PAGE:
Will the Revised PSAT & SAT Create More Equality in Testing?

SATresizeRevisions to the PSAT & SAT, rolling out this month and next spring respectively, are an attempt to negate some of the inequities in standardized testing and level the college admissions playing field. According to the Christan Science Monitor, the SAT is serious about reducing the opportunity gap, and reports that “major changes include more vocabulary in context and a focus on critical thinking: students are asked to analyze texts’ use of evidence, particularly in the optional, but more demanding, essay that replaces the 2005 revamp’s brief, opinion-based essay . . . “

Testing is a subject that evokes a variety of strong reactions. Many educators and parents are uncomfortable that a multi-billion dollar industry determines much about students’ futures while falsely assuming they have equal access to high-quality programs and an abundance of resources. We share the same discomfort and that’s why we strive to bring Great Books, a program proven to increase critical thinking, reading, and comprehension skills, to all students as a part of their curriculum. Disadvantaged students—those living in economically strained communities—are especially deserving of our efforts and we’re proud when Great Books makes a meaningful difference in their academic lives. New results from District of Columbia public schools demonstrate how Great Books programs improve performance in low-proficient and far-below-proficient students, and we’re hopeful such increases will help them when they take possibly life-altering tests such as the SAT.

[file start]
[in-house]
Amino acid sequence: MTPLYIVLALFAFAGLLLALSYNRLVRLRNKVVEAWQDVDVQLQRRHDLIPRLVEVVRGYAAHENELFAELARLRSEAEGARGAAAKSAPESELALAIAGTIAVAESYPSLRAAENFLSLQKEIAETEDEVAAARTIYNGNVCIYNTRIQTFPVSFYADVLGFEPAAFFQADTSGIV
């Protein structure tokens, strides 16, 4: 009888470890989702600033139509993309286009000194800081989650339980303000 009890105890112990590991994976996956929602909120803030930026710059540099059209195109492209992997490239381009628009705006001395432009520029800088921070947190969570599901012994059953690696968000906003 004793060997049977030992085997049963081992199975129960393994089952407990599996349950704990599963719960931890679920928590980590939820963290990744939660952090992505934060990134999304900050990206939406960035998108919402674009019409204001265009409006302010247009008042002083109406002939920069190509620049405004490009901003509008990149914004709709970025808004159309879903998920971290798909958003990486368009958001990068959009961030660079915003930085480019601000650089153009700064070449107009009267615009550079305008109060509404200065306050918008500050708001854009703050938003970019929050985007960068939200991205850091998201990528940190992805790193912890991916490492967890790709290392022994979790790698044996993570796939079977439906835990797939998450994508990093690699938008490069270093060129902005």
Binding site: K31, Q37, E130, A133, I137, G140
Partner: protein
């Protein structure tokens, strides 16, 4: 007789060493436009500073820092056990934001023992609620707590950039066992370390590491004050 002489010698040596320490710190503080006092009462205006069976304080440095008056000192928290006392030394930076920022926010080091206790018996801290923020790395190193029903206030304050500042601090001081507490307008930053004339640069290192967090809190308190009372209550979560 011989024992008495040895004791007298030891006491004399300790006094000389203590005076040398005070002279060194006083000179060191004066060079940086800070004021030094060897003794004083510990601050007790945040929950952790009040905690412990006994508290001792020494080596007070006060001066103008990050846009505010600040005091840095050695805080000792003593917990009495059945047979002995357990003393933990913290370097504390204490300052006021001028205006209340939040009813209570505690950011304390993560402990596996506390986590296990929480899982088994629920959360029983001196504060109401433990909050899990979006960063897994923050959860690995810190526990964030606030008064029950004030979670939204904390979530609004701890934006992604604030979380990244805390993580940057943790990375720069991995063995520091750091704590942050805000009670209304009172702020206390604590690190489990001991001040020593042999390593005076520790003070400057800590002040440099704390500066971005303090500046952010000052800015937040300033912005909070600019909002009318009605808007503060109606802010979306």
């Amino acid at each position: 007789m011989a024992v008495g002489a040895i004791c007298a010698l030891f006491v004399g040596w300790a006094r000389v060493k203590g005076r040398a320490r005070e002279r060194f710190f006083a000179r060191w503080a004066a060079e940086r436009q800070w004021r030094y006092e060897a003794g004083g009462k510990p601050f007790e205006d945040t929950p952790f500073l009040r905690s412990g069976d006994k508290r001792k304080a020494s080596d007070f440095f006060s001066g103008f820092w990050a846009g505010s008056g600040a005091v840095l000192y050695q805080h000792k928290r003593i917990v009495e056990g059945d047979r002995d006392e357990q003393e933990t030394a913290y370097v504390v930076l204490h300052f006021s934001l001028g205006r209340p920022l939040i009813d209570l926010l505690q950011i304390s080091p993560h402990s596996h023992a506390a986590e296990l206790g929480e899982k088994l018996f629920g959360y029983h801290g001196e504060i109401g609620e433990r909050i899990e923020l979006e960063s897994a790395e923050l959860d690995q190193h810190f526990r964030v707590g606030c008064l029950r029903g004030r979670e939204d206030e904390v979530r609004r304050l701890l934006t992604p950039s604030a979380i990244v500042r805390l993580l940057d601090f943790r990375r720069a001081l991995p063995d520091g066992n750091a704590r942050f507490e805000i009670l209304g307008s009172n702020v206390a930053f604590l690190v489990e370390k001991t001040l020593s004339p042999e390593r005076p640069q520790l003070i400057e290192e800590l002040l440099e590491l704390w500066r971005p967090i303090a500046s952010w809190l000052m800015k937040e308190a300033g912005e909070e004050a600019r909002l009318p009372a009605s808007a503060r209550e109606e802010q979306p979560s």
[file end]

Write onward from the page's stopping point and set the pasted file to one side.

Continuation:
We’re grateful SAT wants to level the testing playing field, and we look forward to hearing how students and teachers feel about the revised tests. For our part, we’ll continue to advocate that all students deserve access to high-quality, inquiry-based programs like Great Books.

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